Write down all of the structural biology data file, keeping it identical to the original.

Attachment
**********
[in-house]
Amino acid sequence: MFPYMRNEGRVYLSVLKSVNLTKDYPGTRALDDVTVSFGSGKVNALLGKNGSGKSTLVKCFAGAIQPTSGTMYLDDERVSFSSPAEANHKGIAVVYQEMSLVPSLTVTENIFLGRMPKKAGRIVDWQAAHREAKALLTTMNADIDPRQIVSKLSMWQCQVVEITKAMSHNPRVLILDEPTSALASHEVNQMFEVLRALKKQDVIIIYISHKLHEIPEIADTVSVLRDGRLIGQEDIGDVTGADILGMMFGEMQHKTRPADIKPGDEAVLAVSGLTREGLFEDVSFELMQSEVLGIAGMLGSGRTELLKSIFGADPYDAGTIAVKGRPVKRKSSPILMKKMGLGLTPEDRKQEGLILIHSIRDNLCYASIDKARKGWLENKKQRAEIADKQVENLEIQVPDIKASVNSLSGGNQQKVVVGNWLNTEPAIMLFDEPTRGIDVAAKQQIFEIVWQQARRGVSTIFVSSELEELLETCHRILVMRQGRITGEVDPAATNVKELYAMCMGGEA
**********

[in-house]
Amino acid sequence: MFPYMRNEGRVYLSVLKSVNLTKDYPGTRALDDVTVSFGSGKVNALLGKNGSGKSTLVKCFAGAIQPTSGTMYLDDERVSFSSPAEANHKGIAVVYQEMSLVPSLTVTENIFLGRMPKKAGRIVDWQAAHREAKALLTTMNADIDPRQIVSKLSMWQCQVVEITKAMSHNPRVLILDEPTSALASHEVNQMFEVLRALKKQDVIIIYISHKLHEIPEIADTVSVLRDGRLIGQEDIGDVTGADILGMMFGEMQHKTRPADIKPGDEAVLAVSGLTREGLFEDVSFELMQSEVLGIAGMLGSGRTELLKSIFGADPYDAGTIAVKGRPVKRKSSPILMKKMGLGLTPEDRKQEGLILIHSIRDNLCYASIDKARKGWLENKKQRAEIADKQVENLEIQVPDIKASVNSLSGGNQQKVVVGNWLNTEPAIMLFDEPTRGIDVAAKQQIFEIVWQQARRGVSTIFVSSELEELLETCHRILVMRQGRITGEVDPAATNVKELYAMCMGGEA